I have been having, fostering and looking after dogs for longer than I can remember. But since I adopted Harvey I often wonder. Why does my dog sleep all day? The first pups in my life all had access to a garden, so their sleeping pattern wasn’t obvious and easy to track at all. It didn’t even occur to me to question how much sleep a dog needs. Now, however as I mostly work from home I keep questioning if sleeping all day is normal for a pup. So I looked into some research to bring you my findings on the topic.
Why do we sleep?
Believe it or not sleep is a neurological mystery. After countless research carried out on the topic, still no one knows why we sleep. During our sleep our body recharges itself, and refuels one organ after another. Apparently there is a timeline to it, and each body part or organ is recharging in a different phase, one after another. That’s why it is easy to tell what internal problems you may have, if you look at your sleep patterns. The same goes for all mammals. There are approximately 5400 mammal species on Earth, and their patterns of sleep are marked very similarly. On average a dog sleeps 12-14 hours from the 24 hour sleep cycle. Dogs tend to spend 50% of the day sleeping, 30% lying around but awake, and 20% with activity.
“Dogs are flexible sleepers, and can fall asleep out of boredom. Equally, they wake easily and therefore need more sleep to make up for lost REM during their uneven sleep schedule.”
As we go through different stages in our lives, we need different amounts of sleep. It isn’t any different for our pups. Their energy levels and sleep needs vary according to their age. Puppies and senior dogs need more sleep, than healthy adults. Puppies are growing quickly. By the age of 1 they reach the physical maturity level of a 14 year old human kid. It is super fast and very intense, so no wonder that they need to back up and charge their batteries often. After a few hours of eat, play and destroy they snooze off very quickly and the can sleep up to 20 hours a day. Yes, it is normal for your puppy, to sleep throughout almost the entire day. Senior dogs on the other hand are battling a slowing down metabolism. It means they doze off frequently too, simply because they need more sleep. It is important to keep an eye out for overly inactive senior pups too, just to make sure their lack of activity is not due to an underlying condition. Regular health checks will rule out arthiritis or cancer.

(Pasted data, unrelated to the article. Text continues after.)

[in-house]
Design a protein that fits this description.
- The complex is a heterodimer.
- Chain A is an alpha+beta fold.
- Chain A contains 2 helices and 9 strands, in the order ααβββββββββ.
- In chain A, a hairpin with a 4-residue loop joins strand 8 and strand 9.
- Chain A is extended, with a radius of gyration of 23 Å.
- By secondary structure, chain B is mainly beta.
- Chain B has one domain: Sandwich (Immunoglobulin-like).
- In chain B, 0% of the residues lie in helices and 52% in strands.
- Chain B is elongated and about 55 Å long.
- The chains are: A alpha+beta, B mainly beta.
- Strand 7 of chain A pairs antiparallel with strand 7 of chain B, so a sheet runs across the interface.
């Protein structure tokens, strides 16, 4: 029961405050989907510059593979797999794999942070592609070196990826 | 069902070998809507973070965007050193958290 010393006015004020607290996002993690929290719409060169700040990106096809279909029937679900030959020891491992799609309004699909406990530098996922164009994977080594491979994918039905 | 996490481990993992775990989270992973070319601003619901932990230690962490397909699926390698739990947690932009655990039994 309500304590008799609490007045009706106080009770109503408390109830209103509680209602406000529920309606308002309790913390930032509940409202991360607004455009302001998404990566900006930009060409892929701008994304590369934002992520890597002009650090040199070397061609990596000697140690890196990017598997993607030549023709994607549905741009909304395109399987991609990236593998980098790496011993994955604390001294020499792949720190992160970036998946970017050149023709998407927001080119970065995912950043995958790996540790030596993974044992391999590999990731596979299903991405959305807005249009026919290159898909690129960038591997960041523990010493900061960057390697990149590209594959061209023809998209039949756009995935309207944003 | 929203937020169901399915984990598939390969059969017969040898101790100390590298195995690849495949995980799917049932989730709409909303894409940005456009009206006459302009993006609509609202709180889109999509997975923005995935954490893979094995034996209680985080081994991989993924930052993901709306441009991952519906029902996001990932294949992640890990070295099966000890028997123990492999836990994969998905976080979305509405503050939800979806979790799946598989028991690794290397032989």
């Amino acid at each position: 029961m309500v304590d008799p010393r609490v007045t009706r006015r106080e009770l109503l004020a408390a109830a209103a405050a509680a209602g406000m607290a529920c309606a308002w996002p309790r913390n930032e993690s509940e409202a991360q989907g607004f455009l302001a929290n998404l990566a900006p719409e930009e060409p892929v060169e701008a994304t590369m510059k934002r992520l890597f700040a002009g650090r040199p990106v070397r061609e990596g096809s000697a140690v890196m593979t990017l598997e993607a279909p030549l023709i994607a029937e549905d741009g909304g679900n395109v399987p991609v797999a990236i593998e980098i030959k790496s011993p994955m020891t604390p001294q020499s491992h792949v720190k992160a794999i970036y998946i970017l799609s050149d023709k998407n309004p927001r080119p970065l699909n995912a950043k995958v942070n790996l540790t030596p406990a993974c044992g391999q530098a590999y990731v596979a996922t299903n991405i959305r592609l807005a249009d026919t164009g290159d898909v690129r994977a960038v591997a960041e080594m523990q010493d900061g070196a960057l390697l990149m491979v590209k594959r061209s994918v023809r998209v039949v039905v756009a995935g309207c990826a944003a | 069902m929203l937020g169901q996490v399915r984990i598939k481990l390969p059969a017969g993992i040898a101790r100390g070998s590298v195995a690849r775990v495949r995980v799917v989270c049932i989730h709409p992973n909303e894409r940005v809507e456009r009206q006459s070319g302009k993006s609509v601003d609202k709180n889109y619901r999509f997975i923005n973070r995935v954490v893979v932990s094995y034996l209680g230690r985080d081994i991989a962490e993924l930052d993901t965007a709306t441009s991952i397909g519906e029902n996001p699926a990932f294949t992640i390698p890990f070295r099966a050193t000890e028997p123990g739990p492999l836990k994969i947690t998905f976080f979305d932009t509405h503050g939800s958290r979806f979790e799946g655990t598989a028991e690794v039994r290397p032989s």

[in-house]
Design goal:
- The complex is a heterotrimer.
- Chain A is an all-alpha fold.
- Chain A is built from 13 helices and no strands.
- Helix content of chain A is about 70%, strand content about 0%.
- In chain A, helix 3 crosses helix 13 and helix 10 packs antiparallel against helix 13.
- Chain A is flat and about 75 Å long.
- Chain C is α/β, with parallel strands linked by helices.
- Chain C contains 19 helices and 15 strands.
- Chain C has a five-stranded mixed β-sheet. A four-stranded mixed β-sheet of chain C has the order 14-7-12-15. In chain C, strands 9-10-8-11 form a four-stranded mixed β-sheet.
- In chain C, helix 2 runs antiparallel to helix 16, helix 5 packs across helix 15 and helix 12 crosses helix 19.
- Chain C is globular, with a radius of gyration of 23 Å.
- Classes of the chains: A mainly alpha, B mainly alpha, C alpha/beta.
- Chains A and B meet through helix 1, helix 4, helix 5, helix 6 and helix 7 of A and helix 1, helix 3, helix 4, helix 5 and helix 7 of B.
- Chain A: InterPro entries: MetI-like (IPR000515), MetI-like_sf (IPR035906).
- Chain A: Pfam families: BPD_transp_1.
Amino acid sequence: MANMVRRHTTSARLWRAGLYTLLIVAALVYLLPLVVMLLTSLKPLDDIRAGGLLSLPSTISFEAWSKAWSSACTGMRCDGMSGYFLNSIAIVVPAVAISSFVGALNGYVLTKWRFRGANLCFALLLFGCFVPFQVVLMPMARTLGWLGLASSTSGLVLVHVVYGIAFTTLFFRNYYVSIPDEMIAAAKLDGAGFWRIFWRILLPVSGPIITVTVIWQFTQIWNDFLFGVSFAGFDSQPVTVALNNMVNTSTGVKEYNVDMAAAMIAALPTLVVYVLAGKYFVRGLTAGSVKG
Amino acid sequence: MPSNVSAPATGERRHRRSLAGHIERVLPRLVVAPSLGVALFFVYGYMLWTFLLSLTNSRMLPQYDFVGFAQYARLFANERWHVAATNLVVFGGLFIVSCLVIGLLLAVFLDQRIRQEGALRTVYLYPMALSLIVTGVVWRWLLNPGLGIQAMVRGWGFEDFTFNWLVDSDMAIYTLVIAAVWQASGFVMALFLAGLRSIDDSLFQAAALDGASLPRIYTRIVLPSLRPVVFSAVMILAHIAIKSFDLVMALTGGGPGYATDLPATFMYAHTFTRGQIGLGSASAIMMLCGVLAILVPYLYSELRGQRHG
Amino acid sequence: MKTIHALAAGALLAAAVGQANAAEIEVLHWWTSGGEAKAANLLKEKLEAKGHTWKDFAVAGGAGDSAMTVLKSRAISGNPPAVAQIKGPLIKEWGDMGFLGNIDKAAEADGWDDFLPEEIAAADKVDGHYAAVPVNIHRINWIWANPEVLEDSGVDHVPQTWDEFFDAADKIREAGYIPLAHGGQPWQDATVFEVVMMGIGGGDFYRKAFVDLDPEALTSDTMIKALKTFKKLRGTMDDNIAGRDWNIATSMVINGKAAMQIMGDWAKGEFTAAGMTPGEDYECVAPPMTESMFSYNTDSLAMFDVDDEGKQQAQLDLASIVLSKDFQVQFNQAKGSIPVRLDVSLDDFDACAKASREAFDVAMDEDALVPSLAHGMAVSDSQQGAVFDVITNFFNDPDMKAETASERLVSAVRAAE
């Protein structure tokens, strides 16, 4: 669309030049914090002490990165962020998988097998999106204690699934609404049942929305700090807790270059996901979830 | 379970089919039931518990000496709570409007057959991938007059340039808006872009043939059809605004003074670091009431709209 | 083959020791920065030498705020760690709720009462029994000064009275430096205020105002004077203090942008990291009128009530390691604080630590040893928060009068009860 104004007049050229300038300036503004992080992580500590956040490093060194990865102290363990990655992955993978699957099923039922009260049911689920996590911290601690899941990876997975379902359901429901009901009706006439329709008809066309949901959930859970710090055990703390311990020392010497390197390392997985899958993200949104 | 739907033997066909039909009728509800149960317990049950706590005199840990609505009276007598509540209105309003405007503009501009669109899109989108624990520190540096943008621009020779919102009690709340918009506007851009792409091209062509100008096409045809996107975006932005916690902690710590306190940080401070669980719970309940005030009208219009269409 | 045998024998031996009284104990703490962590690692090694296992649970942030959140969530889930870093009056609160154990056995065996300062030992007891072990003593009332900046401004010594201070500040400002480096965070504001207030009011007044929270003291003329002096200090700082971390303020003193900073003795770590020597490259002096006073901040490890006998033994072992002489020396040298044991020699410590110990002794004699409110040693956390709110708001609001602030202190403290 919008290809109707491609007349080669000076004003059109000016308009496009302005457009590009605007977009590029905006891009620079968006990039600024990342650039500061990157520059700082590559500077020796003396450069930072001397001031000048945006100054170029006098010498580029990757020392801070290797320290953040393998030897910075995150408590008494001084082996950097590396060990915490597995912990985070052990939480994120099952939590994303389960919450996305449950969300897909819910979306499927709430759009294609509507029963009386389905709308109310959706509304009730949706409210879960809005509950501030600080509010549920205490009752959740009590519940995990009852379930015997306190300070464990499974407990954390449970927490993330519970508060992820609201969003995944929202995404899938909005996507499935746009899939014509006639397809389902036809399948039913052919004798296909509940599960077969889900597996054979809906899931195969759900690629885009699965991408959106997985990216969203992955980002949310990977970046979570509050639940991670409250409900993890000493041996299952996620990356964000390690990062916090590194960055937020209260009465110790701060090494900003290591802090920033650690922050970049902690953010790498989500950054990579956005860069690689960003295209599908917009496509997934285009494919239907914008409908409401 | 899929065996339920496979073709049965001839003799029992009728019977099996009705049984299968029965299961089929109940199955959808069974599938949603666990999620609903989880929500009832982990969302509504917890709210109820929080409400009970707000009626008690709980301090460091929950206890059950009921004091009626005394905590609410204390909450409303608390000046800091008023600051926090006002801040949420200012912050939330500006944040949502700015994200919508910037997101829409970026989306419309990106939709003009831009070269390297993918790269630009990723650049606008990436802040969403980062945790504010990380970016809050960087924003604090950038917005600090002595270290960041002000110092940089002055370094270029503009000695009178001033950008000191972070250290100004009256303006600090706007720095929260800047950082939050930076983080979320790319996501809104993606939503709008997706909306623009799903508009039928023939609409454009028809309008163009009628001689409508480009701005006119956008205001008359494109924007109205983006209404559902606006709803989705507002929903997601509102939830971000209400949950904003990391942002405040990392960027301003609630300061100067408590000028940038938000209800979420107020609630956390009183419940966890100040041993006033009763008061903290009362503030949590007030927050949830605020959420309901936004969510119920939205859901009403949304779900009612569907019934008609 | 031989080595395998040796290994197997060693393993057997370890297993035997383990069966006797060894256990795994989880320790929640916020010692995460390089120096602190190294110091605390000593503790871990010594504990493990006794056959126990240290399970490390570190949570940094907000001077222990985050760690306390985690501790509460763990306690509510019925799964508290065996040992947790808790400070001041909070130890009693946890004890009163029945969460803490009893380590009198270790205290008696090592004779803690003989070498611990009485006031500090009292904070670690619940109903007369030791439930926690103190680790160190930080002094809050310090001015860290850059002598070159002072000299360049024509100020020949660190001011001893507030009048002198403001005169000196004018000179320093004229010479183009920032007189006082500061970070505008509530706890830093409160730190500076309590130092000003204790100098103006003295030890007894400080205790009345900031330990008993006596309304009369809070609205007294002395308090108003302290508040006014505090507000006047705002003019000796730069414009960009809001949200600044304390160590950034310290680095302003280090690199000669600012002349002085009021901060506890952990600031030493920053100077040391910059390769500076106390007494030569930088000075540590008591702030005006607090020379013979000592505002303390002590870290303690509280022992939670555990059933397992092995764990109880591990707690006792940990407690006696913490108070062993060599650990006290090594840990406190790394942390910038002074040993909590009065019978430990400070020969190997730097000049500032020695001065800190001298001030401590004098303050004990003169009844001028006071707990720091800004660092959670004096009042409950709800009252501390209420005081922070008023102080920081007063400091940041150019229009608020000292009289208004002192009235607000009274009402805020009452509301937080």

Does activity affect the sleep?
Your dog’s breed and size play a big part in their physical activity and sleeping habits too. Large pups seem more inactive and tend to sleep more, than their small counterparts. This is mainly due to their energy demands. They need to put in more energy to activate their muscles to move or simply to have their organs function.
Your pet’s sleep also depends on their breed. Working dogs (Belgian malinoi, Australian shepherd, Vizslas) tend to stay awake a bigger portion of their day. This is simply due to the reason they were bred to be alert, to hunt or herd flock. So these pups are naturally more alert and sleep less. On the other hand pups that were bred to be companions snooze more. Spaniels, French bulldogs or Westies are likely to doze off more often. Another factor affecting your dog’s sleep pattern is their activity level. If you take your dog to work, or expose him to regular exercise or constant new information, then he is less likely to sleep a lot. Those pups however, that are left home alone all day might sleep more simply due to the lack of interaction and exposure.
A little bit of science
Dog’s sleeping pattern are similar to ours. When they dose off their breeding slows and their blood pressure drops, just like ours. After about 10 minutes, they enter a REM (rapid eye movement) phase where their body might react to dreams. It usually lasts shorter than it does to us. Humans spend 25% of their sleep in this phase, while dogs only do 10% That’s why dogs need more sleep during the day, however uneven, to make up for the lost REM phases.
Unfortunately, being thrown from the normal sleeping pattern, or being restless can be a sign of minor or serious health issues. If your dog breaks their sleeping pattern, or looks agitated it can signal physical or mental health issues. These can include infections, epilepsy and even cancer. Surprisingly enough our pets suffer from sleeping disorders too. They can have narcolepsy, insomnia, sleep apnea and REM behaviour disorder. Narcolepsy usually occurs in young dogs, and is caused by a genetic disorder. Insomnia, is quite rare in dogs and it signals another health problem. REM behavior disorder causes movements, and restlessness in your dog’s sleep. for example chasing a bird or barking, jumping.
So how much sleep is normal?
The easy answer is, it depends on your dog. We mentioned three contributing factors to your dog’s sleep needs and they all play a part in their sleep schedule and the Zzzzzzz they need. An average dog can spend anywhere between 48-58% of their time snoozing, and it is totally normal. If your pup has a healthy appetite, is active outdoors and does not sleep out of lethargy then there is probably nothing wring him. Now, that being said regular vet check ups are a must, and always keep an eye out for your pet. Any alteration from their normal pattern can raise health questions, so the best tip is to know your pup and keep an eye out for sudden changes.